- Heat your home with devices approved for indoor use, and ensure they are properly vented to prevent carbon monoxide poisoning or fires. Never use wood-burning or coal-burning grills, camp stoves, or other outdoor devices indoors. Remember to keep flammable materials such as newspapers or clothing away from portable heaters.
- Make sure that smoke and carbon monoxide detectors are working properly.
- Be prepared for power outages in your neighborhood. This can be due to wind or ice. Have blankets and warm clothing on hand to keep you warm. A preparedness kit is good to have around.
3. Stay safe outdoors:
- When heading outdoors, let someone know where you are going and when you expect to return.
- Wear appropriate outdoor clothing and ensure that exposed skin is covered, including your fingers, nose, and ears. Keep children indoors.
- Be aware of the symptoms of both frostbite and hypothermia. Frostbite can occur within minutes when unprotected skin is exposed to very cold temperatures, causing the affected area to appear white or grayish-yellow in color and feel firm or waxy. Hypothermia is life-threatening, and occurs when the body temperature drops too low, causing shivering, drowsiness, clumsiness and confusion. Both require immediate medical treatment.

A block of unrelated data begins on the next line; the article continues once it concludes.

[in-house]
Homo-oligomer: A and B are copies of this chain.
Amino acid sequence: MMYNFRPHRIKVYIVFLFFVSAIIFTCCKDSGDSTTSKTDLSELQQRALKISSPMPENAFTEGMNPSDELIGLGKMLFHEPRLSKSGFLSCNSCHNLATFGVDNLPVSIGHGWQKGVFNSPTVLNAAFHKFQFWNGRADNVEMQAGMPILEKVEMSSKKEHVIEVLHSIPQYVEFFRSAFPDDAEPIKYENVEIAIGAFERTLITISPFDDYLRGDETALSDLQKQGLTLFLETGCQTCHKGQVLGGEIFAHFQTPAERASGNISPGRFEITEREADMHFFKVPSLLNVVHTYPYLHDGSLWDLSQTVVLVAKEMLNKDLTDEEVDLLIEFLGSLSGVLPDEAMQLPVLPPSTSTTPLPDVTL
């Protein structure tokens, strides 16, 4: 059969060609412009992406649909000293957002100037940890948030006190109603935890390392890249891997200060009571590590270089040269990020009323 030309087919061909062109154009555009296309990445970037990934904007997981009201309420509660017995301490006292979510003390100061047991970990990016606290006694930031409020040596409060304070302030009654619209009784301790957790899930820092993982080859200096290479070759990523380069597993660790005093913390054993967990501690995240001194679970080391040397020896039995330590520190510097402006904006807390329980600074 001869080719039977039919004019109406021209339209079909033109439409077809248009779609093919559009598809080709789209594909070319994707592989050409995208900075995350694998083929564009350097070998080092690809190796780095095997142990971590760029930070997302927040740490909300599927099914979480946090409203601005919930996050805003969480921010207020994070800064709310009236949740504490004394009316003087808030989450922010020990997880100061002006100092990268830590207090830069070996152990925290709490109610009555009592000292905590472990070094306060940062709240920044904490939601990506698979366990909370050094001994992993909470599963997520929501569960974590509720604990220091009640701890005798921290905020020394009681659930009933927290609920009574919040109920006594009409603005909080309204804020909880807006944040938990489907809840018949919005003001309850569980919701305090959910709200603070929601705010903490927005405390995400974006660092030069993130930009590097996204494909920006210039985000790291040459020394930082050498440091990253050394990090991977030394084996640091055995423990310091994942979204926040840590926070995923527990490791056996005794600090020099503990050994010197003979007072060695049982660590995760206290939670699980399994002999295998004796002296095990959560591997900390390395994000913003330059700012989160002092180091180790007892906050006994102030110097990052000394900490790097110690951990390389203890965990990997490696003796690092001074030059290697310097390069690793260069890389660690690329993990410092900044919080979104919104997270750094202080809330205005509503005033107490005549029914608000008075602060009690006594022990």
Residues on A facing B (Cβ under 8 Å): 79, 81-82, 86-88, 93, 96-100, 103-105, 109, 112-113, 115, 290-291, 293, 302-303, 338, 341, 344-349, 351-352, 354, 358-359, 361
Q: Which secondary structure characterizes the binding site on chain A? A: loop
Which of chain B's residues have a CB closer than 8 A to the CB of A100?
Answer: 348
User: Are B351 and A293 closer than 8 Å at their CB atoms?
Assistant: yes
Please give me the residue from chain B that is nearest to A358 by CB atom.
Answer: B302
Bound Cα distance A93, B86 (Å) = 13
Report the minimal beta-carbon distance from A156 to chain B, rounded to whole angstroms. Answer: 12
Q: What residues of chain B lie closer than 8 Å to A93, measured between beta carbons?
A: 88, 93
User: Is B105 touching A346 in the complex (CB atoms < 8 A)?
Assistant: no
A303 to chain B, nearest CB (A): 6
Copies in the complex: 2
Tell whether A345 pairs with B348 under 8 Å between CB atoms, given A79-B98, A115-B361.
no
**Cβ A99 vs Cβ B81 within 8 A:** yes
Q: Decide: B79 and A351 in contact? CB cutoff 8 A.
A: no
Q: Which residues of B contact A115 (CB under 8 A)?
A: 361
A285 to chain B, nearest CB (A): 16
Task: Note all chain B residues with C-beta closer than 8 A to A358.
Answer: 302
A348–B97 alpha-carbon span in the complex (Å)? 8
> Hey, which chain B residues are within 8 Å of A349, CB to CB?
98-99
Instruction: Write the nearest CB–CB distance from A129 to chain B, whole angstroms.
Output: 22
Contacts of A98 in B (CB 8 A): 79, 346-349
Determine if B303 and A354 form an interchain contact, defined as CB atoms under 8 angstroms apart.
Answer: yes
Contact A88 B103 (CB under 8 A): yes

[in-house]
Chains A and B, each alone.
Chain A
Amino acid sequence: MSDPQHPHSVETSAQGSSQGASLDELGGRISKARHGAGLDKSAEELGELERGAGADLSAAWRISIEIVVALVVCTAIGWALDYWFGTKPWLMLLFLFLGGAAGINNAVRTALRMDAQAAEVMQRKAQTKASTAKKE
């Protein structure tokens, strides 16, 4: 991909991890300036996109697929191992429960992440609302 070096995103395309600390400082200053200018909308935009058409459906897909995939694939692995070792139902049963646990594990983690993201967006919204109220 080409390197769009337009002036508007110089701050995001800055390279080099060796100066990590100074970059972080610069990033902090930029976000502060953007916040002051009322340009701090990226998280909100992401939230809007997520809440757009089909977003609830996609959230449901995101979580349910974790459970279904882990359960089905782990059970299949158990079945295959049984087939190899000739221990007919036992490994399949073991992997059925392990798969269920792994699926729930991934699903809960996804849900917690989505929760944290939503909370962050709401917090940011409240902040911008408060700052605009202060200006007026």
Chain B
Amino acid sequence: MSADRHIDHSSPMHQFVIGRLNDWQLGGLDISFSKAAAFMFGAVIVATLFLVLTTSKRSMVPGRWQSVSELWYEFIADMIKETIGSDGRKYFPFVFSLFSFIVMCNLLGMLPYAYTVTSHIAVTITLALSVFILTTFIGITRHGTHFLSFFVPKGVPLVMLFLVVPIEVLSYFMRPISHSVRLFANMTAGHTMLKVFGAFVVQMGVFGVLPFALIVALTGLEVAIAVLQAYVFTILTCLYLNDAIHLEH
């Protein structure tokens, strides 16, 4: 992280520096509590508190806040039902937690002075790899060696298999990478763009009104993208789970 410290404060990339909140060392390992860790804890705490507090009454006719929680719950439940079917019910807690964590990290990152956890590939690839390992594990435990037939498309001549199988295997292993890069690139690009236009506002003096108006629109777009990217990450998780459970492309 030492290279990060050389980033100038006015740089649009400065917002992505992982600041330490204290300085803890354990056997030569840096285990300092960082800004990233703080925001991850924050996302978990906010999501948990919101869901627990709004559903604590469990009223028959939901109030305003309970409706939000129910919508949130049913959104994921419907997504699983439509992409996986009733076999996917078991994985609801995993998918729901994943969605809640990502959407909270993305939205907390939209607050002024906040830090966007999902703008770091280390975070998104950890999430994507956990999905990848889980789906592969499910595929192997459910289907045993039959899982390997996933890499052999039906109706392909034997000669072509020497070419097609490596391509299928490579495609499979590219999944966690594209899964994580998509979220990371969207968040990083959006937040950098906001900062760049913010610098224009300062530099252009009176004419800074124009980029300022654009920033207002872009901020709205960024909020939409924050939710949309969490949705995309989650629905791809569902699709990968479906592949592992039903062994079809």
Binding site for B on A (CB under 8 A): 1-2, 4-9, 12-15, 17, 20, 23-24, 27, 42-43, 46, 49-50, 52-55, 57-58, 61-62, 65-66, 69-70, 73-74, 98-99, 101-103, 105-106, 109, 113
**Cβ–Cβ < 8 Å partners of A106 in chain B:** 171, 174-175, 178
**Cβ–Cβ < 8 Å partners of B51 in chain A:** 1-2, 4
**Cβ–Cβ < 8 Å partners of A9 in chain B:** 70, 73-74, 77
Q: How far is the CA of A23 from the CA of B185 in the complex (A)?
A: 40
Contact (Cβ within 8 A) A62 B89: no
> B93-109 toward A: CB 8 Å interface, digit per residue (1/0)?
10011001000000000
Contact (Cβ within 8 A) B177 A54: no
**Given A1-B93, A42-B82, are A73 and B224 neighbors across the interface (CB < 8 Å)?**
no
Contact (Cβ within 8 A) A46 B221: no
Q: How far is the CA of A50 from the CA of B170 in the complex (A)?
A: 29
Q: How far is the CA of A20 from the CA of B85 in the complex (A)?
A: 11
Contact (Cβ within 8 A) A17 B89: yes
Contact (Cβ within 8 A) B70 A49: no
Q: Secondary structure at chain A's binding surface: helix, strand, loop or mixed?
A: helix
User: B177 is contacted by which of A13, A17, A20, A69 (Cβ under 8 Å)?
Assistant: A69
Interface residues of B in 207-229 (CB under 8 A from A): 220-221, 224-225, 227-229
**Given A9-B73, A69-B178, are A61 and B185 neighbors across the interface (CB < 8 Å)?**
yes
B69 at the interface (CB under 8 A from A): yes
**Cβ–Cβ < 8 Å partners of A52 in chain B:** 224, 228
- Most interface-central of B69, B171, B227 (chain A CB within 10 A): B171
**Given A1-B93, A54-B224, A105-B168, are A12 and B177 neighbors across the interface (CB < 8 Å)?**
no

- Do not touch metal surfaces with uncovered hands. Flesh can freeze instantly to a surface.
- If you have pets, bring them inside and ensure trips outside are brief.
- Avoid alcoholic beverages. Alcohol causes the body to lose its heat more rapidly – even though one may feel warmer after drinking alcoholic beverages.
4. Stay safe when traveling:
- Make a car survival kit that includes blankets, sleeping bags, extra clothing and high-energy foods.
- Ensure that your vehicle’s fuel tank is at least half-full and that the battery is charged.